10.) Is there any trace of Linebarger’s treatment by Lindner in Cordwainer Smith’s fiction?
Several CS stories involve psychotherapists – especially Norstrilia, where Old Earth’s last clinical psychologist successfully treats the hero, Rod McBan. But by the time Norstrilia
and most other CS stories were written, Linebarger had been treated by
a series of psychotherapists, and it’s impossible to identify a
specific real-life model for any of his fictional therapists.
However, one of the broadest tropes of the CS stories
may reflect Linebarger’s experience with Lindner, as well as his
later perspective on Lindner’s transformation of his case into
“The Jet-Propelled Couch.” The CS future-history stories
are often told as if from a more distant future, where the great events
and personalities of that future’s past have been transformed
into legend. We are given to know that those legendary accounts of the
central characters’ lives are half-truths at best. Had he been
the patient, Linebarger would have regarded Lindner’s published
version of Kirk Allen’s symptoms and personal history in much the
One other element of the CS oeuvre may be salient here too. Paul Linebarger’s original title for his novel Norstrilia was Star-Craving Mad.
That title is clever or silly, depending on your tolerance for puns,
but it does not describe the contents of the manuscripts that
eventually became Norstrilia. Rod McBan doesn’t crave
the stars; he isn’t even particularly interested in leaving his
home planet of Norstrilia to visit Old Earth; and he isn’t mad,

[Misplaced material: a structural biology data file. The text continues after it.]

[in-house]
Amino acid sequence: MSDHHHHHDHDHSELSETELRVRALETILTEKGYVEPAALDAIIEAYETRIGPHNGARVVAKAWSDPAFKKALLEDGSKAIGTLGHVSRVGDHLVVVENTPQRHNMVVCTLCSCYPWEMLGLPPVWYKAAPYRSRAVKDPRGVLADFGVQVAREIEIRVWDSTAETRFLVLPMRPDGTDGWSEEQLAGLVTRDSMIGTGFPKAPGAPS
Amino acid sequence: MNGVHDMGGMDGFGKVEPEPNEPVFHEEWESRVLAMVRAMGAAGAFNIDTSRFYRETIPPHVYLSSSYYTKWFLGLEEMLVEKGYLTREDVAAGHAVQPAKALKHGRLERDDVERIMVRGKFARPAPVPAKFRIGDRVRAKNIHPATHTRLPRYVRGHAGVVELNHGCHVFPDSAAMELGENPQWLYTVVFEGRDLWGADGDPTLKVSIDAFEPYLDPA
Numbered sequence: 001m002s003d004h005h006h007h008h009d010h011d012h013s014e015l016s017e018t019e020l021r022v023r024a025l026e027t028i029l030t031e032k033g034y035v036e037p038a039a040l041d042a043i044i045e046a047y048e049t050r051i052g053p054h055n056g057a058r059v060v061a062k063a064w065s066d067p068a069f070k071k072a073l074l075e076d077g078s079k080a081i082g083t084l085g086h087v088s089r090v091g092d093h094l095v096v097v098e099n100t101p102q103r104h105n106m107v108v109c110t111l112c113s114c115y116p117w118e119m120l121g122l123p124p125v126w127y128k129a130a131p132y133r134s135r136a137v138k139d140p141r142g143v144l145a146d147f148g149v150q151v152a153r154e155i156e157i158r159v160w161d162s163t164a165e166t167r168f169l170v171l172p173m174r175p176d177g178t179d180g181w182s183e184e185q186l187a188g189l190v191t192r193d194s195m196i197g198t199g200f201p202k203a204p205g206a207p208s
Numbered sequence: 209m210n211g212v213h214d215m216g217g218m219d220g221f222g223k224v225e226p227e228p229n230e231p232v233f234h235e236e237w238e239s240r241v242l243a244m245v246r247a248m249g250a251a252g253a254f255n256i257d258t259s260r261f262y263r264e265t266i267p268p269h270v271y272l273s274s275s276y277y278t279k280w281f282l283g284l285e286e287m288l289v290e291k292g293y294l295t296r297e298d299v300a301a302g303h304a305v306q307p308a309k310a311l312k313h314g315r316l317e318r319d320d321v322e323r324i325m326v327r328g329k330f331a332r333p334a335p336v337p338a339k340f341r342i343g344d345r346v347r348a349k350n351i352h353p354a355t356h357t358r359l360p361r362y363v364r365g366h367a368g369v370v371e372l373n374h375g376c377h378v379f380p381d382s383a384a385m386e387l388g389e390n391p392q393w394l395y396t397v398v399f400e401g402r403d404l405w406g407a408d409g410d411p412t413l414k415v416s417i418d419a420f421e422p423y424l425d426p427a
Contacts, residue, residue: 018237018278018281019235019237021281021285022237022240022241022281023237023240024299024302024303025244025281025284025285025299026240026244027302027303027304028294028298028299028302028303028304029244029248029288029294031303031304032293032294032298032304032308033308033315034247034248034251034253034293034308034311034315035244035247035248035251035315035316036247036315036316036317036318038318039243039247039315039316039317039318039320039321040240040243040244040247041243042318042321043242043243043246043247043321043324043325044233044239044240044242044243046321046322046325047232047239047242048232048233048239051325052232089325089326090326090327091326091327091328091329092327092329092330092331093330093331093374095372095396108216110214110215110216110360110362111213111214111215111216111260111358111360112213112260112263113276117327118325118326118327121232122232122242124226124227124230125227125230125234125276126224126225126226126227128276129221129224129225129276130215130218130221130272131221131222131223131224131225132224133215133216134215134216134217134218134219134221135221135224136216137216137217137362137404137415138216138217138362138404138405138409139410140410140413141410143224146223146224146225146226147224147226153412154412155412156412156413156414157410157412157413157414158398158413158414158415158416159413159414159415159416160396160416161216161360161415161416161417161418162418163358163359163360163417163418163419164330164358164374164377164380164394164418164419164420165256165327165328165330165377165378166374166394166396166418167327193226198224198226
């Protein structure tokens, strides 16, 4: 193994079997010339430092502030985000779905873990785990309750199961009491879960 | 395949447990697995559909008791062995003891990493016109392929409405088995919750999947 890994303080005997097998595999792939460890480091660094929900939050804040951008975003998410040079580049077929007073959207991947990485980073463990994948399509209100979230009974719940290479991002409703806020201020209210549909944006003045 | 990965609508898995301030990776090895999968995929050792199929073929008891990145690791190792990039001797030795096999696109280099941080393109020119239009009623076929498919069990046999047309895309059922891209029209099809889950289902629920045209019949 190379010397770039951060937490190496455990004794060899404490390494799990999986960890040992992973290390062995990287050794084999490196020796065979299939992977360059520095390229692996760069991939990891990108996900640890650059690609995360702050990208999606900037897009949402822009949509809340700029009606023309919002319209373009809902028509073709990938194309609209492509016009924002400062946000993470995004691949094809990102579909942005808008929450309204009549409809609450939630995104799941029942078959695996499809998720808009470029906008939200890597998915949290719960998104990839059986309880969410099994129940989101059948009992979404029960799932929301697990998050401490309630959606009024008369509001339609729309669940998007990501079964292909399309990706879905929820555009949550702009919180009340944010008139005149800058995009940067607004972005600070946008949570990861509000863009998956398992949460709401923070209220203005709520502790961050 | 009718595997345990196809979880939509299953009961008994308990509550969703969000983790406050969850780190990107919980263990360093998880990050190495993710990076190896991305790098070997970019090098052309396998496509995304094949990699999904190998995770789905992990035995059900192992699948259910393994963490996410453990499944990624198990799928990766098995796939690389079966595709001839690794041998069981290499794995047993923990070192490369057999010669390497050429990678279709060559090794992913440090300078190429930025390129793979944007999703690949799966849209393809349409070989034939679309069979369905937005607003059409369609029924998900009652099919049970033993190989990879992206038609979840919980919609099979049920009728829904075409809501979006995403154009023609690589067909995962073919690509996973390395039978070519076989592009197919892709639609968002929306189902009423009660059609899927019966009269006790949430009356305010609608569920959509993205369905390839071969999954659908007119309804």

just a bit neurotic. The title does, however, encapsulate Robert
Lindner’s picture of Kirk Allen. In the form of a silly pun, it
pokes fun at that picture. As a self-description of Paul Linebarger, it
is at best an ironic exaggeration of his interest in SF and in
11.) So what are your conclusions at this point?
Though I have yet to come across solid documentary
evidence, I think the circumstantial evidence (including but extending
well beyond Leon Stover’s recollections) is strong: Paul
Linebarger was Kirk Allen, or at least a substantial component of Kirk
Allen. It’s still possible that Robert Lindner combined two
patients who suffered from apparently similar symptoms, better to
conceal the identities of both and to make his main points about
therapeutic technique more strongly. That other patient may yet pop up,
and I’d like to hear about him if any reader knows him (or is
him). Meanwhile, I’m working to finish my biography of Paul
Linebarger. With or without the help of Robert Lindner, he became a
great science fiction writer and a remarkable, fascinating man.
Aldiss, Brian W. Billion Year Spree: The True History of Science Fiction. New York: Doubleday, 1973. Page citation refers to Schocken Books reprint, 1974.
Barrett, Deirdre. The Pregnant Man and Other Cases from a Hypnotherapist’s Couch. New York: Times Books, 1998.
Dille, Robert C. (ed.) The Collected Works of Buck Rogers in the Twenty-Fifth Century, revised edition. New York: A & W Publishers, 1977.
Hamilton, Edmond. The Star Kings. Magazine publication, Amazing Stories, September 1947. Book publication, Frederick Fell, New York, 1949.
Hamilton, Edmond. Return to the Stars. New York: Lancer Books, 1969.
Lindner, Robert. The Fifty-Minute Hour. New York: Holt, Rinehart, 1955. Page citations refer to most recent reprint edition: Other Press, New York, 1999.
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Alan C. Elms